The conference began Saturday morning with two excellent presentations on Marxism and the galloping global environmental crisis. Peter Rachleff, a well-known Twin Cities labor activist and labor historian, started things off with a summary of the basic elements of Karl Marx’s analysis of the capitalist economy and the underlying dynamics playing themselves out in the present era with devastating consequences for jobs and the environment.
Christine Frank presented an extensive review of the Katrina catastrophe and the deteriorating Gulf Coast environment, accompanied by visual images. Frank, along with several others, is the author of a just published SA/Labor Standard pamphlet, “Hurricane Katrina, The Crime and The Tragedy.”
Saturday’s afternoon session was devoted to a detailed analysis of the current state of U.S. labor by David Jones and Bill Onasch. Jones opened his remarks by referring to two remarkable landmark battles against concessions, the 1985-86 strike by UFCW Local P-9
against the Hormel Co. and the ongoing strike by the Aircraft Mechanics Fraternal Association (AMFA) against Minneapolis-based Northwest Airlines, both occurring primarily in the state of Minnesota.
Jones presented a detailed analysis of the 30-year anti-labor offensive that began in the mid-1970s, and is accelerating with drastic consequences today. In both the P-9 and AFMA strikes, although separated by some 20 years, the union bureaucracy reacted with hostility to these militant challenges to their dead-end surrender to the employers’ concessionary
Onasch reviewed some of the basic theses on trade-union struggles developed by American socialists in the past, with special reference to the founding documents of the U.S. Socialist Workers Party and the Fourth International, especially the fundamental thesis developed by Leon Trotsky and leading collaborators in the U.S. in 1938 known as the “Transitional Program.”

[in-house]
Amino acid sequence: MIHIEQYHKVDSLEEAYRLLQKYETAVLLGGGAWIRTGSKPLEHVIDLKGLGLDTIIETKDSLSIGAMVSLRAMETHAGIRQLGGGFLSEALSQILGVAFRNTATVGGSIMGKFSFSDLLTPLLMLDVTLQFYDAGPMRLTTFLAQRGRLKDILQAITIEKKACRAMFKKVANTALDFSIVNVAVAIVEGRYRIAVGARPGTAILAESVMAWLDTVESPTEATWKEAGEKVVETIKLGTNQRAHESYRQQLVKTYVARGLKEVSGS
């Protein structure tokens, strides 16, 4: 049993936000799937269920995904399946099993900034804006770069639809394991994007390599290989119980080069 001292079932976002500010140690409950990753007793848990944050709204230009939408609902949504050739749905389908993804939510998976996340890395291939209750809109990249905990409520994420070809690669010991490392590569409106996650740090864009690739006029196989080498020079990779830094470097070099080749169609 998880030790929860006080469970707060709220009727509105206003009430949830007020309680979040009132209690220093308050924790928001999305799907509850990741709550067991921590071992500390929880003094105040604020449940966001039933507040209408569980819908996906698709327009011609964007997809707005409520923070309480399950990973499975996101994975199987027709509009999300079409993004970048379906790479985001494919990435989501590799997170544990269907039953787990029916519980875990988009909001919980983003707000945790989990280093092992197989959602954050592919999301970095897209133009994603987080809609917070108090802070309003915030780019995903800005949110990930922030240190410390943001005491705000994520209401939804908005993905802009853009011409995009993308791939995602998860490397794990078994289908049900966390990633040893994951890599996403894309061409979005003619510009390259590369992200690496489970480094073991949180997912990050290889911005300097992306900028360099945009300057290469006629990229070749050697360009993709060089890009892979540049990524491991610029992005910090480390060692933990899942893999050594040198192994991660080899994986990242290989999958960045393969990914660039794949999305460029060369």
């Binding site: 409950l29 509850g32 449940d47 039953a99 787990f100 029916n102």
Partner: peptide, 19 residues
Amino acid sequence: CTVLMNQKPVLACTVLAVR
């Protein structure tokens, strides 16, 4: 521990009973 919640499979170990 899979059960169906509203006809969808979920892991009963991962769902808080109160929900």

Saturday evening, a well-attended public forum heard a number of speakers address the current state of the U.S. antiwar movement, with special reference to the massive antiwar demonstration in Washington, D.C., the previous weekend.
Members of Socialist Action, Labor Standard, and others had initiated over the previous months a successful call for unified action on the part of the two major antiwar coalitions, countering the looming threat of competing actions in Washington on Sept. 24.
One of the key initiators of the unity proposal, longtime Minnesota antiwar organizer Alan Dale, presented a cogent analysis of the present state of the movement and the need for an authoritative mass-action-oriented national coalition. Hartford Socialist Action leaders Christine Gauvreau and Maria Hernandez reported on successful efforts in building Connecticut antiwar actions and pioneering antiwar work in the Latino community over the last year.
American Postal Workers Union leader Greg Poferl related his experiences as an antiwar trade unionist and U.S. Army veteran, culminating in a federal prison sentence imposed as a result of his participations in protests at the Army’s School of the Americas at Fort Benning, Ga.
Sunday morning’s session was devoted to an examination by Socialist Action International Editor Gerry Foley and Mexican socialist leader Jaime Gonzalez of recent revolutionary developments in Latin America, including the revival of socialist perspectives under the Hugo
Chavez regime in Venezuela, and the reexamination of Trotsky’s ideas by Chavez and others, including in particular, Cuban journalist Celia Hart.
At the conclusion of the conference, those who were able to do so took part in a tour of sites related to the historic 1934 socialist-led Minneapolis Teamster strikes.
Conference participants left for home, enriched by discussion, information, and personal interaction, and inspired by new socialist revolutionaries who have come forward from the ranks of youth and are looking forward to new opportunities to build the movement.